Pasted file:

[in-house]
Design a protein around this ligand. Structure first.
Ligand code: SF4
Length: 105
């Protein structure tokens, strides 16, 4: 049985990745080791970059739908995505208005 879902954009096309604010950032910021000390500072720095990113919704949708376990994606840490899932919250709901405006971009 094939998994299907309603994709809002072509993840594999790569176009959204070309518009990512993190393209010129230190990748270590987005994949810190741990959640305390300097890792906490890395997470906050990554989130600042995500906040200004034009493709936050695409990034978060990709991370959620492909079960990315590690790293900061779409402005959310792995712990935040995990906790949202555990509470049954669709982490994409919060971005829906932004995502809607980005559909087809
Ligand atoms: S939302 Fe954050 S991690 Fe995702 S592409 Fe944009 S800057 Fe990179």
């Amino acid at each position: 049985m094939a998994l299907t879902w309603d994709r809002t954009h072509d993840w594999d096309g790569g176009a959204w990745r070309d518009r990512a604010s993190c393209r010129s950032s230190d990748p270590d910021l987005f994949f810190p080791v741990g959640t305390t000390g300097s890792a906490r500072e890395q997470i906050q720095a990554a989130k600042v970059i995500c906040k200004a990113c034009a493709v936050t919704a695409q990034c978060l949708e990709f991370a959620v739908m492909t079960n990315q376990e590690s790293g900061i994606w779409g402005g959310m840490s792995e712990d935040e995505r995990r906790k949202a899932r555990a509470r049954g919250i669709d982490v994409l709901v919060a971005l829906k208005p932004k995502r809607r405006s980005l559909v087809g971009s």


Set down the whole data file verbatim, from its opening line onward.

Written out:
[in-house]
Design a protein around this ligand. Structure first.
Ligand code: SF4
Length: 105
């Protein structure tokens, strides 16, 4: 049985990745080791970059739908995505208005 879902954009096309604010950032910021000390500072720095990113919704949708376990994606840490899932919250709901405006971009 094939998994299907309603994709809002072509993840594999790569176009959204070309518009990512993190393209010129230190990748270590987005994949810190741990959640305390300097890792906490890395997470906050990554989130600042995500906040200004034009493709936050695409990034978060990709991370959620492909079960990315590690790293900061779409402005959310792995712990935040995990906790949202555990509470049954669709982490994409919060971005829906932004995502809607980005559909087809
Ligand atoms: S939302 Fe954050 S991690 Fe995702 S592409 Fe944009 S800057 Fe990179």
């Amino acid at each position: 049985m094939a998994l299907t879902w309603d994709r809002t954009h072509d993840w594999d096309g790569g176009a959204w990745r070309d518009r990512a604010s993190c393209r010129s950032s230190d990748p270590d910021l987005f994949f810190p080791v741990g959640t305390t000390g300097s890792a906490r500072e890395q997470i906050q720095a990554a989130k600042v970059i995500c906040k200004a990113c034009a493709v936050t919704a695409q990034c978060l949708e990709f991370a959620v739908m492909t079960n990315q376990e590690s790293g900061i994606w779409g402005g959310m840490s792995e712990d935040e995505r995990r906790k949202a899932r555990a509470r049954g919250i669709d982490v994409l709901v919060a971005l829906k208005p932004k995502r809607r405006s980005l559909v087809g971009s």